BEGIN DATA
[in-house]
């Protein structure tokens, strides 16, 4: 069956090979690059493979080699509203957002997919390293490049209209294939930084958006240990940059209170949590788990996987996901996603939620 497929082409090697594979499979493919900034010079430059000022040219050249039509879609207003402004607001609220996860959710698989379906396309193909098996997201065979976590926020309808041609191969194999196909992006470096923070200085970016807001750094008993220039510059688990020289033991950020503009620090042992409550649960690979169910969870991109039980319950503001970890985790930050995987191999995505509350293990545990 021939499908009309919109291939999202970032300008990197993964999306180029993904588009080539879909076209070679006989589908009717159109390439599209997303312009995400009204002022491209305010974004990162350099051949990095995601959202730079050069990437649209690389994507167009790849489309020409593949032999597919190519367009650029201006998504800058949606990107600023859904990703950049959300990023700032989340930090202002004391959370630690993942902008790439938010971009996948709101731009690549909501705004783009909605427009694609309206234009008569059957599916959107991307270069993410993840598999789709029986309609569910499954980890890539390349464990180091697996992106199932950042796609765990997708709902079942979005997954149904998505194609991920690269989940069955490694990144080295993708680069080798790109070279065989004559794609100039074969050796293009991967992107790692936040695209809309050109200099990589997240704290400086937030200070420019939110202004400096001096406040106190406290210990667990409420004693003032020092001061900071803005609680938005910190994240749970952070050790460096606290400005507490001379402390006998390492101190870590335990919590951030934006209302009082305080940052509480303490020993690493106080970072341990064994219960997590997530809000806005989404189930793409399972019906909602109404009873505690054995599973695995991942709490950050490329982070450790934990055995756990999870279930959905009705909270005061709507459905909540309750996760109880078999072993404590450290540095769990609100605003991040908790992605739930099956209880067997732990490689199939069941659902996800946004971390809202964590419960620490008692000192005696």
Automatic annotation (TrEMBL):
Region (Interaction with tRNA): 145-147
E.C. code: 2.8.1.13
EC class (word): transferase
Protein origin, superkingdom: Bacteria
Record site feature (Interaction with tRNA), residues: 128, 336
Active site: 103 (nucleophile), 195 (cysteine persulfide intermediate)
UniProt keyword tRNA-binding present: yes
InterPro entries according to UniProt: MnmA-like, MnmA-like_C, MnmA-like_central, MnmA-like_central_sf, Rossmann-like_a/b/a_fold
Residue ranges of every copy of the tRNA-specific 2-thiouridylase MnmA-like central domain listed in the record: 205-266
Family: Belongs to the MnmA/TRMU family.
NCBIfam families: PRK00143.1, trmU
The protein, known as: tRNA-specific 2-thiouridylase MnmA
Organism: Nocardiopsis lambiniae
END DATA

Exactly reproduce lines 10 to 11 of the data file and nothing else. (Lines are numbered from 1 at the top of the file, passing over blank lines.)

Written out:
UniProt keyword tRNA-binding present: yes
InterPro entries according to UniProt: MnmA-like, MnmA-like_C, MnmA-like_central, MnmA-like_central_sf, Rossmann-like_a/b/a_fold